And so I saw the full horrors of Covid over the next two weeks. Despite the full PPE and taking every precaution, the staff continued to catch the virus, one by one until there were four of us left standing. Being in the job we are, we all knew that it was more likely than not that we were going to come down with it, but it’s part of the role and we weren’t willing to leave the guys without the support and help that they needed. We were exposed to the infected every single day, but it couldn’t be helped because if we didn’t, we knew we could very well lose one or more of the people we supported. Every day we would mask up, disinfect and wash, hoping against hope that today wasn’t the day that it would get to us.
When another member of staff caught it, we would just get on with it, rework the shifts, filling any gaps and tightening ranks, to the point where some of us were reaching fifty hours a week. And although that may not sound like much to some, it is when you’re constantly lifting, washing, feeding, carrying out personal care, and you do so without a break. It seems even longer when you can barely sleep for anxiety, worried that you’ll go into work the next day and find someone hasn’t gotten through the night or that we had contracted the virus and taken it home to our loved ones. Anxious that those of us still there were asymptomatic and were silently spreading the virus without even knowing it. It got to the point where I was lucky to get three hours a night, and even when I did sleep, I dreamt of work. It took its toll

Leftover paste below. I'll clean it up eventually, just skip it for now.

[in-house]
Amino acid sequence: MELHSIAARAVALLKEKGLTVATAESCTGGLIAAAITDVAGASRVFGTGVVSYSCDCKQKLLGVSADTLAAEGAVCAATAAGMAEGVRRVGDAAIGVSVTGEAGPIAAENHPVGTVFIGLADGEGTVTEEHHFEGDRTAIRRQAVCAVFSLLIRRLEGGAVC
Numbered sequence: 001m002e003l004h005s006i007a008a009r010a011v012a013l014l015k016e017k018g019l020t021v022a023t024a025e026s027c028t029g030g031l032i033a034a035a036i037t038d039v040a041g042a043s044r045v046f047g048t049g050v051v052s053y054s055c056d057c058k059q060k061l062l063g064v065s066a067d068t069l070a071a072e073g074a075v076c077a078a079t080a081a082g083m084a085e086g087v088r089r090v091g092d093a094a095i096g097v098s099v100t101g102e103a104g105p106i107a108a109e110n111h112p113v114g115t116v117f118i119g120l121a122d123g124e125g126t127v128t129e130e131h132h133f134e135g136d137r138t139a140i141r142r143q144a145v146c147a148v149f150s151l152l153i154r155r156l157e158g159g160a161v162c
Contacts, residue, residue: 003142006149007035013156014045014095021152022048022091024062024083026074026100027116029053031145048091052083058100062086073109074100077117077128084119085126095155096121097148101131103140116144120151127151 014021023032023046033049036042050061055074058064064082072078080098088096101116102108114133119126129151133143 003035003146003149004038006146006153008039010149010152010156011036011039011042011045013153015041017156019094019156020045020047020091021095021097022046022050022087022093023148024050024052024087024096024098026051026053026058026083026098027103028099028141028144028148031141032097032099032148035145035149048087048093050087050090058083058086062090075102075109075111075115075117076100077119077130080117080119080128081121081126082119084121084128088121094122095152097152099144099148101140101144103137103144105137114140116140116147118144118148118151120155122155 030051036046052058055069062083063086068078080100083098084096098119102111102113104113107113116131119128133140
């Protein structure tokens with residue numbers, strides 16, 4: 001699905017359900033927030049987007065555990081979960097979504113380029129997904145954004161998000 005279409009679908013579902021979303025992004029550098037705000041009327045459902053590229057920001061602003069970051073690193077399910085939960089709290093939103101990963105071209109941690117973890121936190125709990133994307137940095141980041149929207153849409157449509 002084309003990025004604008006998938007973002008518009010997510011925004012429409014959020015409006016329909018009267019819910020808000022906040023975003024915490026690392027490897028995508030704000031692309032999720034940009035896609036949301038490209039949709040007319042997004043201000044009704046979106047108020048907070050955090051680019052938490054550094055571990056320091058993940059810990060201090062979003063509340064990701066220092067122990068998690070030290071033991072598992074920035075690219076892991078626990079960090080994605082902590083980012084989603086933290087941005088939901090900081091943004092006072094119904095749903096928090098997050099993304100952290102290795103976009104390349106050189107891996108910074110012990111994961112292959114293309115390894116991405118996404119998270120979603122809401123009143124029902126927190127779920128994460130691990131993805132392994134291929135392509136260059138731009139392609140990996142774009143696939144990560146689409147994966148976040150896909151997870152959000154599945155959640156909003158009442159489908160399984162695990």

on all of us, to the point where one member of staff had a minor stroke because of the
We kept in touch with those of the team who had come down with the virus, each of them affected in different ways. Some of them had minor symptoms, only losing their taste and smell, with slight flu symptoms. Others were hospitalised, absolutely ruined by the virus. But each and every single one of them, despite being ill, would ask about the guys, wanting to know if they were okay, if they were pulling through.
It was so, so hard. I thought, at one point, that I was going to break. But, just as it seemed to become too much, we began to see a change. With the constant care and vigilance, after two weeks of feeding the guys by hand, pleading and coaxing to get them to drink and washing them by hand, we slowly but surely saw them improve.
D began to put on weight and his cough no longer shook his entire body. He could sit up in bed and he began asking for his favourite music to be put on. G would take small steps around his room, and when he started hounding me for crisps I knew he had turned a corner. Little P, who I was so sure wasn’t going to come out the other side of it, was found sitting up in his bed one morning making the assortment of animal sounds that he usually greeted us with when he first woke up. I swear to God, I burst out crying when I saw it. There was our little light at the end of the tunnel.